‘Home Inspector Joe’ opts for a bathroom design choice you must see

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Joe Mazza, the host of HGTV’s new show “Home Inspector Joe,” finally finds a home with very little trouble. That is, until the renovation begins.

In the episode “Stone Home Stuck in Time”, Mazza and her go-to designer, christmas gatsmeet their new client, marlonwho hopes to create a homestead where he, his mother, sister and brother-in-law can live.

Marlon buys a beautiful $535,000 home in Hopewell Junction, NY – and although at first glance it appears the 1970s home is in good shape, Joe is surprised to discover that the patio needs to be completely replaced, which will cost at least $20,000.

Marlon had originally hoped to spend no more than $115,000 on the renovations, but with all the repairs, this project ended up costing $148,500, well over his maximum budget. It’s an expensive renovation, but in the end, it’s worth it.

Read on to find out how Gatts and Gazza are updating this old home, and in the meantime, pick up some tips for redesigning your own future home.

Reuse Mid-Century Features

This dated lobby needed an upgrade.

(HGTV)

When Mazza and Gatts see the house for the first time, they are happy to see that it has been well cared for. One problem remains: the space is seriously dated. It looks a bit like a time capsule.

“So much 70s material,” Gatts says, as she enters the entryway. “Anything that was maybe popular at that time, they just put it here.”

updated entry
After: Noel Gatts was able to retain some elements of this entry.

(HGTV)

Still, Gatts likes some of the materials in place. She keeps the tiling as is, but reuses the stone planter as seating, which she notes is “so much more useful than artificial greenery.”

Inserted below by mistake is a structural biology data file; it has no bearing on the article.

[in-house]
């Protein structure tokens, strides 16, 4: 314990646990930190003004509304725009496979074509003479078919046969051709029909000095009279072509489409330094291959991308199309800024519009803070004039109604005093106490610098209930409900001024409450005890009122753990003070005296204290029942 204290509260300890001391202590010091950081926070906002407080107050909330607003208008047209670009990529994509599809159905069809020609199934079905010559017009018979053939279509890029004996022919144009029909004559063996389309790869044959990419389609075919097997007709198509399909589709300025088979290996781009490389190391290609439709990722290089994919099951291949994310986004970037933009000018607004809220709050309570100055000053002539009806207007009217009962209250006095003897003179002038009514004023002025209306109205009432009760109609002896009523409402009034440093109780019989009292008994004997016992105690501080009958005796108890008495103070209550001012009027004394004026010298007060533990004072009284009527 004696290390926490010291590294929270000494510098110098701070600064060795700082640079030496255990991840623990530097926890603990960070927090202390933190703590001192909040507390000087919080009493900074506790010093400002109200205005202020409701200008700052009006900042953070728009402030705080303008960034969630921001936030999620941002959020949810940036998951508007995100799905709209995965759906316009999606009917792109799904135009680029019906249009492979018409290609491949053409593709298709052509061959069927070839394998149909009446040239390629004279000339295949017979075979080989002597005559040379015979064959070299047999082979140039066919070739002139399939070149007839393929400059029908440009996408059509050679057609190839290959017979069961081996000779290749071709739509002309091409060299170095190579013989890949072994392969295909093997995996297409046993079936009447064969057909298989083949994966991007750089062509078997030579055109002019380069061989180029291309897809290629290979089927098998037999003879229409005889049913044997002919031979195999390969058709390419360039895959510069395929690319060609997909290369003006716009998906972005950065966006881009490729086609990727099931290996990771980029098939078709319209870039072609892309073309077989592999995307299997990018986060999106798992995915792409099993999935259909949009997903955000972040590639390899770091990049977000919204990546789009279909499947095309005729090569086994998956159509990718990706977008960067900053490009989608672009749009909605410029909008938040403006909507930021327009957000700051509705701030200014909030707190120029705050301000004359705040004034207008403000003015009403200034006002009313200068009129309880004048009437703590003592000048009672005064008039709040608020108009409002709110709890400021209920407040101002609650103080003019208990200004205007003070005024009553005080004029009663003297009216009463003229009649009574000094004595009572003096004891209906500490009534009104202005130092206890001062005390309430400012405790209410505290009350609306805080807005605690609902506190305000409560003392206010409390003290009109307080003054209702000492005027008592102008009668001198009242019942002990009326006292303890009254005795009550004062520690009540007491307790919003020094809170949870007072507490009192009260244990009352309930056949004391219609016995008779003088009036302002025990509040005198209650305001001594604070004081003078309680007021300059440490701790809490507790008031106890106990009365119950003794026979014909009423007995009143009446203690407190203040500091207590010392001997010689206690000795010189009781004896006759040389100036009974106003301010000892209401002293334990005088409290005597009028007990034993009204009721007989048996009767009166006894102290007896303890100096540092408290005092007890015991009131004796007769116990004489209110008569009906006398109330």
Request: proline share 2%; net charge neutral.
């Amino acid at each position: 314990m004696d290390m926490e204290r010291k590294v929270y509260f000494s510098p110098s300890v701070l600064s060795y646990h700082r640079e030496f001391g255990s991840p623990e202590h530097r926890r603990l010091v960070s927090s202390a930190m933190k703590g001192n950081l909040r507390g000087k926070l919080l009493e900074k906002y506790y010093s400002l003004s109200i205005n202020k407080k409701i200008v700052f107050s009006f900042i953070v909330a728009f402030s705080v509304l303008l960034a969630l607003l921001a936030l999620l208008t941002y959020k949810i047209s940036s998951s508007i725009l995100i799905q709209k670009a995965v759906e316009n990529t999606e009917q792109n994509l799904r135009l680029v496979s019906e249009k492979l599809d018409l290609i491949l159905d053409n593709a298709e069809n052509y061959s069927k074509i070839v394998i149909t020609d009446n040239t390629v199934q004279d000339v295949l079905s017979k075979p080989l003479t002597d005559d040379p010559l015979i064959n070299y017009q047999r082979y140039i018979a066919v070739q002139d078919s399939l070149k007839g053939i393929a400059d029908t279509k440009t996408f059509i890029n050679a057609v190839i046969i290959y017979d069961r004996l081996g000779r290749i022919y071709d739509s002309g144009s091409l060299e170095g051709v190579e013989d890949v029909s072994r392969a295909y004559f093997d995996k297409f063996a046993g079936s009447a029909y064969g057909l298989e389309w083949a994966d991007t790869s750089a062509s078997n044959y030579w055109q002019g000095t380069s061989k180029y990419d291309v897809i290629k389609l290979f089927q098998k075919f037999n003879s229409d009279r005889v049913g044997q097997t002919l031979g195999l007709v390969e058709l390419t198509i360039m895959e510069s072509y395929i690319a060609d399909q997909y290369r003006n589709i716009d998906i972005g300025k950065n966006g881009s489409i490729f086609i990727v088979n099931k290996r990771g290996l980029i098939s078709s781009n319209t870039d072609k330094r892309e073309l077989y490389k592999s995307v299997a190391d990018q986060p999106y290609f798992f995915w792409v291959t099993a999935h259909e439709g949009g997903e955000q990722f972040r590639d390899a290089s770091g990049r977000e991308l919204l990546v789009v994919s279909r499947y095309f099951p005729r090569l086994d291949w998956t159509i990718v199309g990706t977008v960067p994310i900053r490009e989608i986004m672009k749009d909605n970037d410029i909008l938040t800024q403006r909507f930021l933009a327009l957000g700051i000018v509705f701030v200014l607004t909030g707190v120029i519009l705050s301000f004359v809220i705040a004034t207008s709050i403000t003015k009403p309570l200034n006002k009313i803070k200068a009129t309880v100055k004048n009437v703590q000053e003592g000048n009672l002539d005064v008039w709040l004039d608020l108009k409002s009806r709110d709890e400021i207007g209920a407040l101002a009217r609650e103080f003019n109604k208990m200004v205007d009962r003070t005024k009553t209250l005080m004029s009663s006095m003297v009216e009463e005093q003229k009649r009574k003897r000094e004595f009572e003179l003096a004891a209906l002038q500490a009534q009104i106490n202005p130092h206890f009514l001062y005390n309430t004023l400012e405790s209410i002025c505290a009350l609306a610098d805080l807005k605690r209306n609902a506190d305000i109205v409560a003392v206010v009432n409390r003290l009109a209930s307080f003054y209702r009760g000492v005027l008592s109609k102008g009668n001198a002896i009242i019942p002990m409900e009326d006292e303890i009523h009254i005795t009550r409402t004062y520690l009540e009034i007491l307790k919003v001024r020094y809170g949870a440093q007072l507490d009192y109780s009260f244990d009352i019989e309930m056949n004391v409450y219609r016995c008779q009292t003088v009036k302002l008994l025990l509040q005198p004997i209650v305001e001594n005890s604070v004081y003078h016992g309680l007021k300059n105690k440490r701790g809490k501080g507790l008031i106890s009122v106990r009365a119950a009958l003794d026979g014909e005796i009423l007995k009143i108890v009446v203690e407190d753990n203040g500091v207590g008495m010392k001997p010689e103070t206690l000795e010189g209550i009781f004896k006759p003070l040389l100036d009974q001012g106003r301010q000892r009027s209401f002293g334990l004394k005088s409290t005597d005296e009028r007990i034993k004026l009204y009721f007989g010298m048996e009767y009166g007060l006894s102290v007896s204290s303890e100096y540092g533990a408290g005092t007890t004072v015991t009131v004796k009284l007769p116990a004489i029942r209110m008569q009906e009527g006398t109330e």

Everything shows that even an outdated house can have salvageable features. Retro flooring and new bench help this home retain its mid-century character.

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Pull the carpets before you move in

the living room
The green carpet was in pretty good shape, but Joe Mazza wanted to remove it anyway.

(HGTV)

In the main salon, the 70s theme continues, with carpeting. While Marlon, Mazza and Gatts agree that the shag is still soft and has held up well, Mazza points out that when buying a home, it’s best to replace carpet, regardless of its condition.

“You move into a house – get rid of the carpet,” Mazza says. “You don’t know what they were doing here before you lived here.”

Its purpose? Carpets can harbor mold or allergens.

the living room
After: Light hardwood brightens up this living room.

(HGTV)

Mazza and Gatts rip out the carpet and replace it with a more contemporary flooring: pale hardwood, throughout the house. With the renovation complete, Gatts and Mazza are proud of the transformation.

“Do you remember what the house looked like before? Straight out of ‘The Brady Bunch’,” Mazza says, showing Marlon the finished product. It’s a great example of how new flooring can give homeowners peace of mind and a whole new look.

Not all signs are worth keeping

chimney